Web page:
Sunday morning, her only responsiblities were to play with my daughter ... but she wanted to do so wearing her fancy dress. Her mom let her.
And why not? The chances of Kate getting invited to another formal occassion before she out grew the dress were pretty slim. So why shouldn't she get to enjoy the lovely frock; it had served its purpose — no sense in keeping the poor thing all locked up in a plastic bag in the basement ... like Margaret's flower girl dress.
I asked Margaret if she wanted to wear her wedding dress.
She shrugged her shoulders and said, "Sure" in the exact same non-committal tone as her 15-year-old brother.
So I fetched the lovely, ivory gown that had been stored in a garment-storage bag since our dear friends, Rob and Tracee, were married a year ago March. I could barely get the buttons closed but it fit good enough for her to play with Kate.
And play they did.
And I tried to act like it was no big deal.
I agree with Kate's mom that there's no really good reason to not let Margaret wear the dress and it's practical to let her actual use the expensive frock instead of let it rot away in a plastic bag.
But the dress is so pretty with its embroidered organza skirt and its giant satin sash and Margaret is so dirty and tough on clothes.
So I stood there taking pictures as the two girls colored with scary, staining markers and spun themselves until they were disoriented on our damp, leaf-infested lawn which was just begging to leave a stain on those pretty dresses.
Finally they decided to change into clothes better suited for riding their scooters over to the park. Margaret discarded the delicate dress on to the floor of her tiny room.
Later, I rescued the pile of satin and lace from becoming a nest for our ever-chilly Italian greyhound and hung it carefully on its padded hanger. I put the protective plastic cover over the little dress.
Afterall, it's really too small for Margaret anymore ... and maybe her daughter will be a flower girl some day in the far, far future.
Monday, October 9, 2006
“Planning ahead? and •teenagers? are rarely used in the same sentence. Except to confirm that they are rarely used in the same sentence!
About a month ago, Alex announced that he had a date for the homecoming dance. I•m not sure which took me more off guard – that he had a date or that there was a homecoming dance. First I’d heard of either.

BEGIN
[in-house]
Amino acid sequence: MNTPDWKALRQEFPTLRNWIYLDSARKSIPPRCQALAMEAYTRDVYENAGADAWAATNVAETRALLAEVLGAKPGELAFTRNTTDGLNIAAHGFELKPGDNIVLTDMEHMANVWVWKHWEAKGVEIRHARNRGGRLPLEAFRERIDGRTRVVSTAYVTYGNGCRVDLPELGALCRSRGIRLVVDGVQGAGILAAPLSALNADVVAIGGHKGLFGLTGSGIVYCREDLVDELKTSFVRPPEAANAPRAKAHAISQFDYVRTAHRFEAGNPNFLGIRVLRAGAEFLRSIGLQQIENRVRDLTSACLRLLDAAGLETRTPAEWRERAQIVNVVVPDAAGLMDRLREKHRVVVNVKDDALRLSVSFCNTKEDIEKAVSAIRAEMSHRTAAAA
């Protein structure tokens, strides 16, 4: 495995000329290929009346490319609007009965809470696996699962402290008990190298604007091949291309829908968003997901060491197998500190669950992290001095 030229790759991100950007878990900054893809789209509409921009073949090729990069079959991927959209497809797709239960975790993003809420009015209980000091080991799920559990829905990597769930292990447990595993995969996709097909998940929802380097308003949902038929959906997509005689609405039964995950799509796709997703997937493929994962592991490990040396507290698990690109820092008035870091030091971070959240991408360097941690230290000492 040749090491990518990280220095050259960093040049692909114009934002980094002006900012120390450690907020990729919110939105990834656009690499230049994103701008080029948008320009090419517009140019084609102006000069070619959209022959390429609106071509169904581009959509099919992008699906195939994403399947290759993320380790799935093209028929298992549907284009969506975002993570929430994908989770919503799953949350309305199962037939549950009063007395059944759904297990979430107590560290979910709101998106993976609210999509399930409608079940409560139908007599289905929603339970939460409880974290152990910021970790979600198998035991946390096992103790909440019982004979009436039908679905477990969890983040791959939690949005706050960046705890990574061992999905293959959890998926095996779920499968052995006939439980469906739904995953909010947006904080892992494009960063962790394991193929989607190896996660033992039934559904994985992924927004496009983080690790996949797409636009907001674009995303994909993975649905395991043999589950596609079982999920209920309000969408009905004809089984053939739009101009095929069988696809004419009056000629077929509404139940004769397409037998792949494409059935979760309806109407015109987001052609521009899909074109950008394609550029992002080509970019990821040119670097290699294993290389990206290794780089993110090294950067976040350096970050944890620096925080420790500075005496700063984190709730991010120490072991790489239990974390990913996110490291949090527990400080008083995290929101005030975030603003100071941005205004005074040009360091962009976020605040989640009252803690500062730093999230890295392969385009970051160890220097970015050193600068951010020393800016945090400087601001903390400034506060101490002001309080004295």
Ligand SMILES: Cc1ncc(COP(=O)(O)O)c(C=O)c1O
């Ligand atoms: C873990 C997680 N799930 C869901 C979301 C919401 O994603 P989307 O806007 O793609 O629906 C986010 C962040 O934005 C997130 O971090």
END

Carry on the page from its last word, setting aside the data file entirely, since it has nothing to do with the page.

“A date? Who is it? I mean she?? I quizzed.
•Nobody you know, and I’m not telling you,? came the response.
Yeah, that•ll fly.
“Well, are you going to ask her to wear a bag over her head when we go pick her up? Assuming, of course, that you’re allowed to go on a date. Which I’m not prepared to think about it yet, let alone discuss right now. Yeah, could you check back your junior year? Of college??
So, dad comes to town and the three of us have a discussion about dating. As it turns out, there is no date, or she changed her mind, or it was just a way to get mom freaked out. But that doesn•t mean there is no homecoming dance!
For the next four weeks, I am peripherally involved in a kaleidoscope of teenage schizophrenia and planning for events. Let me be clear that the term planning to teenagers means “every time I talk to my friends we will come up with something different and you will be involved on a ?need-to-know•? basis which means you don’t need to know anything until about five hours or five minutes before the actual event we’re planning which may or may not actually happen because we’re still planning and the only thing we know for sure is that it will cost you money?.
So •plans? went from a pizza party at our house after the homecoming game Friday, to going to the dance on Saturday with a group of friends, to going paint-balling at another friends house instead of the dance, to skipping the dance and going to a pig roast my sister and I were hosting the same day as the dance.
Saturday morning at 10:00 a.m. Alex announced that he was indeed going to the dance with a group of friends and was now in need of dress shoes and dress pants. Thus we come to the •only thing we know for sure? part • the part that cost me money. A hundred bucks later and he has new dress shoes, new dress pants and a new tie.
But look how good he looks! I think it was worth it, don’t you?